UNITED NATIONS. A DOWN TO EARTH ANGEL. WHEN MOTHER TERESA VISITED THE U.N.

 

15 SEPTEMBER 2010

A DOWN TO EARTH ANGEL. WHEN MOTHER TERESA VISITED THE U.N.

"Mother Teresa is the United Nations. Mother Teresa is World Peace."
-- Former U.N. Secretary General Javier Perez de Ceullar

"The fruit of silence is prayer. The fruit of prayer is faith. The fruit of faith is love. The fruit of love is service. The fruit of service is peace."
-- Mother Teresa (Born August 27, 1910 -- died September 5, 1997)

After Mother Teresa, known to her admirers simply as "Mother," was awarded the Nobel Prize for Peace in October 1997, a film was produced about her life. It was directed by Sir Richard Attenborough, who had just finished a popular film on Ghandi. However, New York movie houses were not receptive to showing the poorest of the poor dying slowly in the streets of Calcutta. While a political theme about India's independence from Britain drew popular crowds, there were apparently several obstacles for a Catholic nun doing God's work. The only venue open was the United Nations. In 1985, the producers approached Samir Sanbar at the Department of Public Information who raised the matter directly with Secretary General Javier Perez de Ceullar. Not only was a showroom made available, the Secretary General decided to show the film at the General Assembly Hall and sent personal invitations to all Permanent Representatives. After the showing, he escorted her to the podium where she received a standing ovation. A reception in her honour followed. In her brief remarks, "Mother" noted that it was the 40th anniversary of the Organization which is devoted to "beautiful work for the good of the people." She emphasized: "No colour, no religion, no nationality should come between us. We are all the children of God."

Ten years later, on 16 June 1995, Mother Teresa visited the U.N. again. This time, Dr. Boutros-Boutrous Ghali was Secretary General. After the official encounter, she enquired about Samir Sanbar, who by then headed the Department of Public Information. She bypassed the official elevator, taking the service carriage to the 10th floor. Sanbar, who was notified at the last minute about his imminent visitor, called around available staff to receive her. They were mainly women and Mother jovially suggested that those single ones should get married immediately so that they and their husbands could join the cause. Her diminutive figure could not conceal her radiating energy; her wrinkled face was illuminated with those perceptive focused down-to-earth yet prayerful dark eyes. Sanbar escorted her in a walk around the compound, expressing everyone's appreciation for her thoughtful visit which galvanized and inspired the staff more than any other event by any other dignitary.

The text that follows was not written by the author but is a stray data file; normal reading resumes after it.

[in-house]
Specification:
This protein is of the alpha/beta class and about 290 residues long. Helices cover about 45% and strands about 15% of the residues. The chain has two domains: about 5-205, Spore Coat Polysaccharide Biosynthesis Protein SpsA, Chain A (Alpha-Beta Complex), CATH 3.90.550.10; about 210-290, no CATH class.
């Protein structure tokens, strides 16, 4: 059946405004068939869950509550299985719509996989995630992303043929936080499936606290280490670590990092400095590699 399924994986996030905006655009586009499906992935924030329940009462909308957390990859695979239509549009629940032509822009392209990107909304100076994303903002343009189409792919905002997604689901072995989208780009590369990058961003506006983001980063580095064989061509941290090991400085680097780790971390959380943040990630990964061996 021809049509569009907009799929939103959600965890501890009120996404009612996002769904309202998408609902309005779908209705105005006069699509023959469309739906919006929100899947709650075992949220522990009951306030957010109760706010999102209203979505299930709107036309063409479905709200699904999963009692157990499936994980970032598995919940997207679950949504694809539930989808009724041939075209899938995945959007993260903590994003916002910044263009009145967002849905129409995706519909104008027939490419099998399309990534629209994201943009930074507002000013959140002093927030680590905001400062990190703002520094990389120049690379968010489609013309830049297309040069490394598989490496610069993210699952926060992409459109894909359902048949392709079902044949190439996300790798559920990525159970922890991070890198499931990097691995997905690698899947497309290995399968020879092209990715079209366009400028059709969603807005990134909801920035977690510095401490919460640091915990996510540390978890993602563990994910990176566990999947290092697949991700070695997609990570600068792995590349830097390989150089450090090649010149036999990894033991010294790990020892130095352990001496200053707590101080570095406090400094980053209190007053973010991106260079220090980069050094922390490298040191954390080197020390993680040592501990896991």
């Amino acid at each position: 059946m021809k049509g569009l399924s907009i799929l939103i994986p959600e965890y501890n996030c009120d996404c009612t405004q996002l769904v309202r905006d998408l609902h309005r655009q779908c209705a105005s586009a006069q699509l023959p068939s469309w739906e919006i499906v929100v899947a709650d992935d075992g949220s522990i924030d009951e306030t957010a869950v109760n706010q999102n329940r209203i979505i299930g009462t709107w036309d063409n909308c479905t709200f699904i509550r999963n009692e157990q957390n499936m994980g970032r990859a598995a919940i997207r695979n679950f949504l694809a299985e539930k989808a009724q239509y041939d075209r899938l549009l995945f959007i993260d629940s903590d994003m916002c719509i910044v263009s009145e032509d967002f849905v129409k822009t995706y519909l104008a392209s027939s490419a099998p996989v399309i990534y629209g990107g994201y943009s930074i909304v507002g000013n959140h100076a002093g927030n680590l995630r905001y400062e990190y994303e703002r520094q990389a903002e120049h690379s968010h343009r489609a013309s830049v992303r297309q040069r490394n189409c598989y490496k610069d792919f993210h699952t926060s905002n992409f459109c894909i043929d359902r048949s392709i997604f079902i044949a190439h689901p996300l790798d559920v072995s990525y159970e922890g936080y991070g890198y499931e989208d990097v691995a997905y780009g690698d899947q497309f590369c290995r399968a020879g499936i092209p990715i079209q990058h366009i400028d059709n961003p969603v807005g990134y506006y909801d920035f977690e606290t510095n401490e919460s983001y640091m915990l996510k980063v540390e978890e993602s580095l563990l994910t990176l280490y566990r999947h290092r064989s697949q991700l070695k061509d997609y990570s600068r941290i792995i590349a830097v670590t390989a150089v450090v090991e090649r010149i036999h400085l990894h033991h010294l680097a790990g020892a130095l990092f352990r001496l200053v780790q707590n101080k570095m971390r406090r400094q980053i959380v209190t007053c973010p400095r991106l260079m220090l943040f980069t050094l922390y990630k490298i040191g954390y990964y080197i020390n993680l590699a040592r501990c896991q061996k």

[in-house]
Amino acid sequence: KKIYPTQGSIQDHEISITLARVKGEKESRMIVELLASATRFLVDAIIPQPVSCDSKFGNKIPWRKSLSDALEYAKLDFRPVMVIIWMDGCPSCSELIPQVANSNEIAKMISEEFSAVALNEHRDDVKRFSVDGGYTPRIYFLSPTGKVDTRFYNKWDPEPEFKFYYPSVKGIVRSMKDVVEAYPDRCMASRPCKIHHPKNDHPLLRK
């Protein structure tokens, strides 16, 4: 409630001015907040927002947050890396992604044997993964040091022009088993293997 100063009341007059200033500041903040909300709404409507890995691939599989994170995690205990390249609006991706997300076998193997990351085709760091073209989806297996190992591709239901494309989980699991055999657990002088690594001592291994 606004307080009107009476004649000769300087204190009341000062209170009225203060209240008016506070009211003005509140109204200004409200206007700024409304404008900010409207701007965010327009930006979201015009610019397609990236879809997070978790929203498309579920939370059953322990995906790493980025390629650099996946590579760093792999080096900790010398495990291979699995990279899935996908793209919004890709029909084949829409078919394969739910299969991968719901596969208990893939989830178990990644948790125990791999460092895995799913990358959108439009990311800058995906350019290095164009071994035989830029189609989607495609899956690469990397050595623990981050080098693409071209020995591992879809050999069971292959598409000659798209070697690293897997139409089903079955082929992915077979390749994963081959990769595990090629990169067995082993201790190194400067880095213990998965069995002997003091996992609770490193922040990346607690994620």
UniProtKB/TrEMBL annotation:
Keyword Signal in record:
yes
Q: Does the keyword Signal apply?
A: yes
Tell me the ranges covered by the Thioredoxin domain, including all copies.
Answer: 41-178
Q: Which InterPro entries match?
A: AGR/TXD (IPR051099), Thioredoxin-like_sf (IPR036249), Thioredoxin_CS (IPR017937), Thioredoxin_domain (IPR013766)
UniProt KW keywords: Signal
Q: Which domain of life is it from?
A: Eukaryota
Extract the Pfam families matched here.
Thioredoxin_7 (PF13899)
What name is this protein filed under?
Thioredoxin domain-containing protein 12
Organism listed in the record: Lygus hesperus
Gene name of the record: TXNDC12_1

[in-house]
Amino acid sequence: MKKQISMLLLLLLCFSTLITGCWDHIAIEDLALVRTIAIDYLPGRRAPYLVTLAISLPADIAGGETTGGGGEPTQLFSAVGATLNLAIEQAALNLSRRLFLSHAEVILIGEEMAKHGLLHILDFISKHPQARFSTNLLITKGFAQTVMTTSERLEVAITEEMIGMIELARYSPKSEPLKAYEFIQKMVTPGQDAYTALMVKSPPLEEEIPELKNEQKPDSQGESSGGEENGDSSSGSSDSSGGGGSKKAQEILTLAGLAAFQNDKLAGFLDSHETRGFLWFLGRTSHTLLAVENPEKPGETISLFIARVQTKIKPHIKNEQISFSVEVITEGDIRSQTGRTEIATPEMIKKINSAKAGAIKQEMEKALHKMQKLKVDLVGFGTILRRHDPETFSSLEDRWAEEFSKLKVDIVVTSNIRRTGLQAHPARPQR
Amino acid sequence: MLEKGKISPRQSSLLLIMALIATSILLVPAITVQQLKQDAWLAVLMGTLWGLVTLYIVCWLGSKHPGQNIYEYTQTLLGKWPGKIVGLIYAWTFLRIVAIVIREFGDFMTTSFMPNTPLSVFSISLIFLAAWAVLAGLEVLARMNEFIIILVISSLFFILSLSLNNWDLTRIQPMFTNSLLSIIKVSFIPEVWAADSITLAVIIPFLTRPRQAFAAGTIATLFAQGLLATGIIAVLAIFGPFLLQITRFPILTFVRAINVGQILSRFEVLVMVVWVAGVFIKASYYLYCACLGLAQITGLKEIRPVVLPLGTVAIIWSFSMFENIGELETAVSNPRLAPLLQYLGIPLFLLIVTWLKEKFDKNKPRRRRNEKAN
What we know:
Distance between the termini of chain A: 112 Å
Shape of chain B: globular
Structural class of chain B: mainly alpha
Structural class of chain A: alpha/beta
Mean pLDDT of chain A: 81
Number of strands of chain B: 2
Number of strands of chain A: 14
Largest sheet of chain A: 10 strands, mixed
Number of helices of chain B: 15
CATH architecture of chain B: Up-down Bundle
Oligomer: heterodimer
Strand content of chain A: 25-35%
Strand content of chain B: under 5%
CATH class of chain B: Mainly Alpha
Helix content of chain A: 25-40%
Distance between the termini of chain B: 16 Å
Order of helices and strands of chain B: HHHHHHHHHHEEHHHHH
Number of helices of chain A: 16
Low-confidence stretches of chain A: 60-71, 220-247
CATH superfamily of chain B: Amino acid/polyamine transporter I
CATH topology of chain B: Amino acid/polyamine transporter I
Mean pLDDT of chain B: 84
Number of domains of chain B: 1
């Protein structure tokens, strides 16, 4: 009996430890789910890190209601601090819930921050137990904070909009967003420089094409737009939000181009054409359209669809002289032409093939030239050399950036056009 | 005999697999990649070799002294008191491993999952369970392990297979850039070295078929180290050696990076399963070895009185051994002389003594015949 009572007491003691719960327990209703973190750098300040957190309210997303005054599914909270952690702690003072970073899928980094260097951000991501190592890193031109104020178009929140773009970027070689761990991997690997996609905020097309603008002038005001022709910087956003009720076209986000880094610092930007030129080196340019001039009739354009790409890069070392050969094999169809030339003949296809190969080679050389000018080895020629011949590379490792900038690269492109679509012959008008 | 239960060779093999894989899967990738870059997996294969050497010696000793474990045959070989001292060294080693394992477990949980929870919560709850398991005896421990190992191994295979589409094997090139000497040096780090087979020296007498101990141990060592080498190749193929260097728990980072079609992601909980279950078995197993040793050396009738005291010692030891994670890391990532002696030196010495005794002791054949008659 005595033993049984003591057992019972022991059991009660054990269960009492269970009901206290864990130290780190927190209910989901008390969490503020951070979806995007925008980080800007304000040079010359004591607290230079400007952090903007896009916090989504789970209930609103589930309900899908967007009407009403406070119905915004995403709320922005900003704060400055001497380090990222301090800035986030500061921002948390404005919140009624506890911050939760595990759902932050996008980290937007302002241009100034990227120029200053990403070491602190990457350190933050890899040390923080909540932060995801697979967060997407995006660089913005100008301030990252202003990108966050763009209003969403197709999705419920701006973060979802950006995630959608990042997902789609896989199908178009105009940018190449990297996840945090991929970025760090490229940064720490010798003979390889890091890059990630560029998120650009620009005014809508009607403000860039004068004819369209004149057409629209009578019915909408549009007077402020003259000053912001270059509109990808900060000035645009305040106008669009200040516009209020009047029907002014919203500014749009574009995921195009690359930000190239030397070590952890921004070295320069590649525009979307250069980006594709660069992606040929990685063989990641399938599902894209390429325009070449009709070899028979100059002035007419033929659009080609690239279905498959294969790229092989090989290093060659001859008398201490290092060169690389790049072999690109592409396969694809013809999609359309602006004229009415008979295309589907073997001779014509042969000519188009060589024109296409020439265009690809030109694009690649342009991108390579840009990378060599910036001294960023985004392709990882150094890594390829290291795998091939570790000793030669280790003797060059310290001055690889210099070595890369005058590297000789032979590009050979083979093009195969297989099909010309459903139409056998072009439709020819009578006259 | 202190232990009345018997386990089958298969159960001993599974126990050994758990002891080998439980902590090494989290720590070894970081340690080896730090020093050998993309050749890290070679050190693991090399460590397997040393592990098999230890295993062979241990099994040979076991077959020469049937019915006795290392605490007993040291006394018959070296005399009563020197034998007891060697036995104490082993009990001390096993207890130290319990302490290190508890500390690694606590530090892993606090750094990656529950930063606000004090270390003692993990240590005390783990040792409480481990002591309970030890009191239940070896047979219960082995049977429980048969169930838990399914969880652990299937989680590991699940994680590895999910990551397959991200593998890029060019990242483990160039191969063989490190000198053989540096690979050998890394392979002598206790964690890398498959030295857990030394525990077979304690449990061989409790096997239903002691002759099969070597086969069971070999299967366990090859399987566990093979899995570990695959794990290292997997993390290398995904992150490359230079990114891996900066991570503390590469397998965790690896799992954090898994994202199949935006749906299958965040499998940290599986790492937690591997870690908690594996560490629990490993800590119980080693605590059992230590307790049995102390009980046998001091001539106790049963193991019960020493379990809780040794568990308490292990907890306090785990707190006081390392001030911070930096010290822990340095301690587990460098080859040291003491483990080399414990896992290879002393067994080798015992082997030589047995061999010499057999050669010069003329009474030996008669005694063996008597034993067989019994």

Mother Teresa was not a senior official nor a distinguished diplomat; nor a head of state of governments. As her 100th birthday was just commemorated, there was general recognition that her impact around the world superseded any one government or any senior official. She opened 610 rescue missions, including hospitals, clinics, shelter homes for HIV/AIDS, leprosy, tuberculosis, soup kitchens, orphanages, schools, and counseling operations in 123 countries.

Born Agnes Gonxha Bojaxhiu in the city of Skopje, she joined the Irish Sisters of Lorata, taking the name of her Patron Saint, St. Therese of Lisieux. It was during her devoted service in India that she was inspired to care for the poorest of the poor. The Missionaries of Charities cared for dying homeless men, crippled orphaned children, destitute women out of prison. Her main approach was love. Her main concern was human dignity. "Do ordinary things with extraordinary love," she often said. "Holiness is not the luxury of the few," she confirmed. "It is a simple duty for you and me."

Though a thoroughly devout Catholic, she did not try to convert the vulnerable, the poorest of the poor she was helping. On that she said: "If in coming face to face with God, we accept Him in our lives, then we are converting. (That is) we become a better Hindu, a better Muslim, a better Catholic, a better whatever we are." She received the Nobel Prize for Peace in 1979. A Gallup poll in 1999 ranked her as the most admired person of the 20th century. Two years earlier, that down-to-earth angel had gone to heaven.

On commemorating her 100th anniversary, it was reported that the owner of the Empire State Building in New York refused to provide special lighting, although he had done so when singer Mariah Carey released one of her albums. Indeed, the current U.N. Secretary General -- as expected -- did not seem to be aware of the occasion announced by all television stations. But there are many passing irrelevancies in the cause of human history where Mother Teresa has made her outstanding mark.

The following photos were taken on 16 June 1995 during Mother Teresa's visit to the office of Samir Sanbar, then head of the U.N. Department of Public Information. (Photos taken by Evan Schneider of U.N./DPI)